What this question is really asking is, *how accurate is the census?*. The answer is (surprisingly) that the census is very accurate, give or take a tiny percentage. That tiny percentage is more likely to be minorities, people of lower income and people who live in rural areas.

At the time of writing, the most recent census was the 2010 census. Historically, the census is getting more accurate:

The 2010 census stated that the total population of the U.S. was 308,745,538 in 2010, a 9.7 percent increase from the 2000 census count. It over-counted the total U.S. population by 0.01 percent. That’s only 36,000 people — not bad when you consider the population of the U.S. is over 300 million. Compare that to an over-count of 0.49 percent in 2000 (about one million people) and an under-count of 1.61 percent in 1990.

Some key facts:

- Renters were under-counted.
- Homeowners were over-counted.
- 2.1 percent of black Americans were missed. According to the Denver Post, this was a huge improvement over the 1940 figures, when it was estimated the black under-count was 8.4 percent.
- 1.5 percent of Hispanics were missed.
- Non-Hispanic whites were over-counted.

### Why are these groups not counted as accurately?

**Accessibility: **People in rural areas can be hard or impossible to reach by mail. Some locations use “general delivery” addresses rather than fixed addresses.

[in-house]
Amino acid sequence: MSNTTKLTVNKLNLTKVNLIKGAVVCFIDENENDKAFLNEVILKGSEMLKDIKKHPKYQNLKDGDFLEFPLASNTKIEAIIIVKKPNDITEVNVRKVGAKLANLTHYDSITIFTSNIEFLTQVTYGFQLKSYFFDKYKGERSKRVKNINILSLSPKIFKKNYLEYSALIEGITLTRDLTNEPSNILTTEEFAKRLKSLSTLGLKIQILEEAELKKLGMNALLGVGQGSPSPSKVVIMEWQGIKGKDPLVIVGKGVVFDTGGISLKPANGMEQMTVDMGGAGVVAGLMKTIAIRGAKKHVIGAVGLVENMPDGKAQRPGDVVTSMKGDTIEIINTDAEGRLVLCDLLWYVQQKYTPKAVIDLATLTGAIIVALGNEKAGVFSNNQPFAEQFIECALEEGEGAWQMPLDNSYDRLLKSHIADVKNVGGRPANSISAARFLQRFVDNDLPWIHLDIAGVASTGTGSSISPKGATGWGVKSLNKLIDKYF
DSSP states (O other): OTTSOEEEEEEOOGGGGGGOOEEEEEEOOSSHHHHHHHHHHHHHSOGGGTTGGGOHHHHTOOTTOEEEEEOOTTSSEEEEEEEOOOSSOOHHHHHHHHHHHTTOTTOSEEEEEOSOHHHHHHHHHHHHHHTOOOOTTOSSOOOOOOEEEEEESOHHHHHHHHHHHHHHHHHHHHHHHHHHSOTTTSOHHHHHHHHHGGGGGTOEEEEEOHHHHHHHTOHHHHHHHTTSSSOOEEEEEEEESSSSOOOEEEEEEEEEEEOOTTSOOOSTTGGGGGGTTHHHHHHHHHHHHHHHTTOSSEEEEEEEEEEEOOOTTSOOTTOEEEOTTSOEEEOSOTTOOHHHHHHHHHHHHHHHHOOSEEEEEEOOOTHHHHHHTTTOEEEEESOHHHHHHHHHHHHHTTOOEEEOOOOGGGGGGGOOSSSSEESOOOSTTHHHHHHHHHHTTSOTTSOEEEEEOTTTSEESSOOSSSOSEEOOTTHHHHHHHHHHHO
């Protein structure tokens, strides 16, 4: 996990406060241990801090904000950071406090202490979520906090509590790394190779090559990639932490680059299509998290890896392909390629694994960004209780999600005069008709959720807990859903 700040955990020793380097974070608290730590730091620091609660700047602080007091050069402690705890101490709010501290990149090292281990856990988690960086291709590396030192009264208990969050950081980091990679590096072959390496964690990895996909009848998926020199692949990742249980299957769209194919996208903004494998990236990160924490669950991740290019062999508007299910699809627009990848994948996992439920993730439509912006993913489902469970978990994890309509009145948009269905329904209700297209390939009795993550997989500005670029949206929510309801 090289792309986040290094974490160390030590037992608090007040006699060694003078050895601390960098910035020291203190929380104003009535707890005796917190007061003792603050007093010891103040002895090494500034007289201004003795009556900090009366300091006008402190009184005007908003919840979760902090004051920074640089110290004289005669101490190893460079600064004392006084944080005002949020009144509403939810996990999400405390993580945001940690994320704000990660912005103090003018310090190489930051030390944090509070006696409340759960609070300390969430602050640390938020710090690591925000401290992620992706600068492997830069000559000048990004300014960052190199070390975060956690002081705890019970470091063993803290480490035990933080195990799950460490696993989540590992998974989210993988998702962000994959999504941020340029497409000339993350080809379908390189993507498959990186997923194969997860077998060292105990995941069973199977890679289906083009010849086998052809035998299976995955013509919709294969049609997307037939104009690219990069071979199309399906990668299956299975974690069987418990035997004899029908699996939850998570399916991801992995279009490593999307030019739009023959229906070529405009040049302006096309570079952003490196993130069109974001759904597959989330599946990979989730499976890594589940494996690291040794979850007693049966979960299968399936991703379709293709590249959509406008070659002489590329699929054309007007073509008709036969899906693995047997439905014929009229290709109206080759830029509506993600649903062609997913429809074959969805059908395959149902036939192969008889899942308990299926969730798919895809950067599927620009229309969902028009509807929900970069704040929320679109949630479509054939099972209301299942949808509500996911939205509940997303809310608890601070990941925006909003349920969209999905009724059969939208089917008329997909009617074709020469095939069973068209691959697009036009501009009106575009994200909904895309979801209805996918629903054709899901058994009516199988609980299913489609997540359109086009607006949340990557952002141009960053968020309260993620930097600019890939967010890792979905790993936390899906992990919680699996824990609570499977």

**Language barrier and education: **People who are learning the English language may have difficulty understanding the census form. People with lower education and literacy may also not understand the importance of responding to the census.

**Suspicion of the Government: **Some people may think that the census will be used against them. Some people don’t want to be in a government database. For example: illegal immigrants, people with warrants out on them, people owing debts or child support.

**What is a Parameter in Statistics: Related article:**

How to tell the difference between a statistic and a parameter.

## References

Gonick, L. (1993). The Cartoon Guide to Statistics. HarperPerennial.

Kotz, S.; et al., eds. (2006), “Parameter”, Encyclopedia of Statistical Sciences, Wiley.

Everitt, B. S.; Skrondal, A. (2010), The Cambridge Dictionary of Statistics, Cambridge University Press.